Towards human-oriented design, architecture and urbanism: shifts in education and practice.

Hdl Handle:
http://hdl.handle.net/10545/582094
Title:
Towards human-oriented design, architecture and urbanism: shifts in education and practice.
Authors:
Tracada, Eleni ( 0000-0002-0362-4260 )
Abstract:
The scope of this piece of work is to reflect upon a series of past and recent publications as well as those in progress referring to innovations in architectural education which has already led and/or might lead to major shifts in future practices. This is an opportunity for the author to reflect on concepts and ideas for the future of architecture which is currently undergoing innovative developments by embracing new theories and enduring professional formation according to contemporary trends. This reflective work has been based on publication of research, including ongoing editorial work related to this topic. The author’s ideas and philosophy on human-oriented design and fractal patterns of social life has embraced dynamics of urban developments in modern and future cities. She has succeeded in considering, uniquely interpreting and further developing ideas and theories of established authors, such as Christopher Alexander’s concepts on patterns and principles of design and Nikos Salingaros’ thermodynamic models of the built environment. The author was inspired by teachers and renowned scholars in history, philosophy and practices of architecture; her own teachers’ experiences and their teaching had offered a singular momentum in her personal career path. This long process started when her teachers succeeded in placing urbanism and architecture side by side inside the Faculty of Architecture of Florence back in the 1970s. Hence the author reflects not only on recent publications, but also on others that have been published in the last decade or so. In this report it is evident that materials produced during these years have been essential and invaluable for her later endeavours in learning, teaching and the training of designers and architects in Great Britain and beyond.
Advisors:
Hudson, Robert Charles; Campbell, Neil ( 0000-0001-5998-0259 )
Publisher:
University of Derby
Issue Date:
May-2015
URI:
http://hdl.handle.net/10545/582094
Type:
Thesis or dissertation
Language:
en
Description:
Redacted version
Sponsors:
Fees: 50% School of Engineering and Technology& 50% Self-funded
Appears in Collections:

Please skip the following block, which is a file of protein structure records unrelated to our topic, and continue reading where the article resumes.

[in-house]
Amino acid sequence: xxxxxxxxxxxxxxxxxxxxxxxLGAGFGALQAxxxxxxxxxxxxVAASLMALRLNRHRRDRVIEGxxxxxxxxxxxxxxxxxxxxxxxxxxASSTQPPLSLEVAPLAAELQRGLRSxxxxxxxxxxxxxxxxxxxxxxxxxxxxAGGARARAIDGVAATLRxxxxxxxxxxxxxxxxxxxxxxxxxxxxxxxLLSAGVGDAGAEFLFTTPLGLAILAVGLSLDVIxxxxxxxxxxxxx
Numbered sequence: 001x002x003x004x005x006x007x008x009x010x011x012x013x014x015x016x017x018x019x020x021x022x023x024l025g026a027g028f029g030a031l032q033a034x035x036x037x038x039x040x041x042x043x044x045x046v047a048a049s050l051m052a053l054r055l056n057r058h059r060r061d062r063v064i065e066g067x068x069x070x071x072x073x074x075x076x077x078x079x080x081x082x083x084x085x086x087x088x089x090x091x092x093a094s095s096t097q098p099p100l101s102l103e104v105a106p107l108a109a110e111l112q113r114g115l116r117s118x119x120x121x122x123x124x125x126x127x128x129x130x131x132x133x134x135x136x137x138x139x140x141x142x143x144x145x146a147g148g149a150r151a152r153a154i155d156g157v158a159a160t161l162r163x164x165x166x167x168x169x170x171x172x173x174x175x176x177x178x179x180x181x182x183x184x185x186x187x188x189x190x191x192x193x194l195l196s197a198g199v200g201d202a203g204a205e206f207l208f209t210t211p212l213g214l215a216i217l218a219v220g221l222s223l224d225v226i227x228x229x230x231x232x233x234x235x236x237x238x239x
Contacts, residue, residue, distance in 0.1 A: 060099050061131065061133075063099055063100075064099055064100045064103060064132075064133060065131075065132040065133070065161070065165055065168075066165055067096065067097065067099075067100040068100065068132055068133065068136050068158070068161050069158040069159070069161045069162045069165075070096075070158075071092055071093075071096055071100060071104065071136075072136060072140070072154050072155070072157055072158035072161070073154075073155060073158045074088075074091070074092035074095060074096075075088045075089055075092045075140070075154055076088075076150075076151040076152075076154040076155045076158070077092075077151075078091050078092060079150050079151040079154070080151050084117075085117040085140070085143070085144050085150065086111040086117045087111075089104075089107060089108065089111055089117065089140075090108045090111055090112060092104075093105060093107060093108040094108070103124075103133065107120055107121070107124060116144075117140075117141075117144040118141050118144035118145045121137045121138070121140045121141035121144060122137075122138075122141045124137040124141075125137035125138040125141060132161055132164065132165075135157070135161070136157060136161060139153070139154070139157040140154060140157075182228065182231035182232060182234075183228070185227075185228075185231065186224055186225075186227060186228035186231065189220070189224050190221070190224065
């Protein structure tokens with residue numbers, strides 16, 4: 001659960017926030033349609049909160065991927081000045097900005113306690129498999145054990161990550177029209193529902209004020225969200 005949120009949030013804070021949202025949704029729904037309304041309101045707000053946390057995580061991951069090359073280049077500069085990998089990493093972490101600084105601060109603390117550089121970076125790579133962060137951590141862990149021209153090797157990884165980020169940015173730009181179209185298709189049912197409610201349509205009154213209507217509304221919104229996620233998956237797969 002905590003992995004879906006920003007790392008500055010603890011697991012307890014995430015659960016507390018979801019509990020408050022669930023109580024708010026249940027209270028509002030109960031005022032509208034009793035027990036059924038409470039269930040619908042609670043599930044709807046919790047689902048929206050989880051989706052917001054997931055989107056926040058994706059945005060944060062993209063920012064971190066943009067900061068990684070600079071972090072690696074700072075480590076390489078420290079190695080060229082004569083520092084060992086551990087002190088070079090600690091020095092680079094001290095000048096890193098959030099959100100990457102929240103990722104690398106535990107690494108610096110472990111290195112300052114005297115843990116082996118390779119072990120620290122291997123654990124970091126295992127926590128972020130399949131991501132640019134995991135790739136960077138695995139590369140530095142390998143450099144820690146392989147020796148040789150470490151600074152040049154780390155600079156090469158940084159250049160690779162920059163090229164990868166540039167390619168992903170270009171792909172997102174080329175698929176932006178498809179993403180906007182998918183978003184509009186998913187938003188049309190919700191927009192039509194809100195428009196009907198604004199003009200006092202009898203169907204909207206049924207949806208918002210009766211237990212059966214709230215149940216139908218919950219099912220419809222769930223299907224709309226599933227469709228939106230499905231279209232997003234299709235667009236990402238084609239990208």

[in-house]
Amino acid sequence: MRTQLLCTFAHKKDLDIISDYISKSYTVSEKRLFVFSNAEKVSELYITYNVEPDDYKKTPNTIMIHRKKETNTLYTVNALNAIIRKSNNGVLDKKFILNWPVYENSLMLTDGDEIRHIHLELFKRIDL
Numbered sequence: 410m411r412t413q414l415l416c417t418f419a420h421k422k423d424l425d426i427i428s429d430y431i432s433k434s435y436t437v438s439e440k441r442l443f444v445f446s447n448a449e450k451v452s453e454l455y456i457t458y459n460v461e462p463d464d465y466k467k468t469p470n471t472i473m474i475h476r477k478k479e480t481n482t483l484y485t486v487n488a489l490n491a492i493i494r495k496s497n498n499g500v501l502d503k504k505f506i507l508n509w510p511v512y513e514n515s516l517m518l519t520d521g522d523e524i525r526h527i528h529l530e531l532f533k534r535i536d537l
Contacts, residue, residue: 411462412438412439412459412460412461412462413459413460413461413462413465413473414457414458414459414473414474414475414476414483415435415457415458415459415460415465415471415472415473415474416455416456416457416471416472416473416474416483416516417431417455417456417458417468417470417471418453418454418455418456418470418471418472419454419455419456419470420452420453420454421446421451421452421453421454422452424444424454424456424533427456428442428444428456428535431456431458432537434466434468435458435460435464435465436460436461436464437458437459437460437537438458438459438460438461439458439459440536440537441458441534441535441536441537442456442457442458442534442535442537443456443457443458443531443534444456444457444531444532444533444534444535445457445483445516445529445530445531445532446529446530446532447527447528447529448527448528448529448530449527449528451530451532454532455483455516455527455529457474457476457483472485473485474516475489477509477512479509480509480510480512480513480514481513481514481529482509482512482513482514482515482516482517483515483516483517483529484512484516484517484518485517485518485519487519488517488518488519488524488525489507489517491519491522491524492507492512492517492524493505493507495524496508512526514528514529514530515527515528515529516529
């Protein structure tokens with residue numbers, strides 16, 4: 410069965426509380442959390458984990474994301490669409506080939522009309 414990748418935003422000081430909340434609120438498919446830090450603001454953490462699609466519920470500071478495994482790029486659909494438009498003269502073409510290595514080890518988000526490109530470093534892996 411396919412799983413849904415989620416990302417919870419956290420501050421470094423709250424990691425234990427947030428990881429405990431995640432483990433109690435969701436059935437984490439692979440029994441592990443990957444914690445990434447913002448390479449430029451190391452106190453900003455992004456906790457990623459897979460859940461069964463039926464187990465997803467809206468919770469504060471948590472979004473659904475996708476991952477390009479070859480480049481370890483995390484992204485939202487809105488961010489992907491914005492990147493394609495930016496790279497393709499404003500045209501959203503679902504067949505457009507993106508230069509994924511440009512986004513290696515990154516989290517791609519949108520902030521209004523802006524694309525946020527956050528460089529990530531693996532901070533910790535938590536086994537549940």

Faculty of Art Design & Technology

Full metadata record

DC FieldValue Language
dc.contributor.advisorHudson, Robert Charlesen
dc.contributor.advisorCampbell, Neilen
dc.contributor.authorTracada, Elenien
dc.date.accessioned2015-11-12T08:12:30Zen
dc.date.available2015-11-12T08:12:30Zen
dc.date.issued2015-05en
dc.identifier.urihttp://hdl.handle.net/10545/582094en
dc.descriptionRedacted versionen
dc.description.abstractThe scope of this piece of work is to reflect upon a series of past and recent publications as well as those in progress referring to innovations in architectural education which has already led and/or might lead to major shifts in future practices. This is an opportunity for the author to reflect on concepts and ideas for the future of architecture which is currently undergoing innovative developments by embracing new theories and enduring professional formation according to contemporary trends. This reflective work has been based on publication of research, including ongoing editorial work related to this topic. The author’s ideas and philosophy on human-oriented design and fractal patterns of social life has embraced dynamics of urban developments in modern and future cities. She has succeeded in considering, uniquely interpreting and further developing ideas and theories of established authors, such as Christopher Alexander’s concepts on patterns and principles of design and Nikos Salingaros’ thermodynamic models of the built environment. The author was inspired by teachers and renowned scholars in history, philosophy and practices of architecture; her own teachers’ experiences and their teaching had offered a singular momentum in her personal career path. This long process started when her teachers succeeded in placing urbanism and architecture side by side inside the Faculty of Architecture of Florence back in the 1970s. Hence the author reflects not only on recent publications, but also on others that have been published in the last decade or so. In this report it is evident that materials produced during these years have been essential and invaluable for her later endeavours in learning, teaching and the training of designers and architects in Great Britain and beyond.en
dc.description.sponsorshipFees: 50% School of Engineering and Technology& 50% Self-fundeden
dc.language.isoenen
dc.publisherUniversity of Derbyen
dc.subjectHuman Behaviouren
dc.subjectUrban Spaceen
dc.subjectUrban Phenomenologyen
dc.subjectUrban Design and Architectureen
dc.subjectPerception and Spatialityen
dc.titleTowards human-oriented design, architecture and urbanism: shifts in education and practice.en
dc.typeThesis or dissertationen
dc.publisher.departmentFaculty of Arts, Design & Technologyen
dc.type.qualificationnamePhDen
dc.type.qualificationlevelDoctoralen
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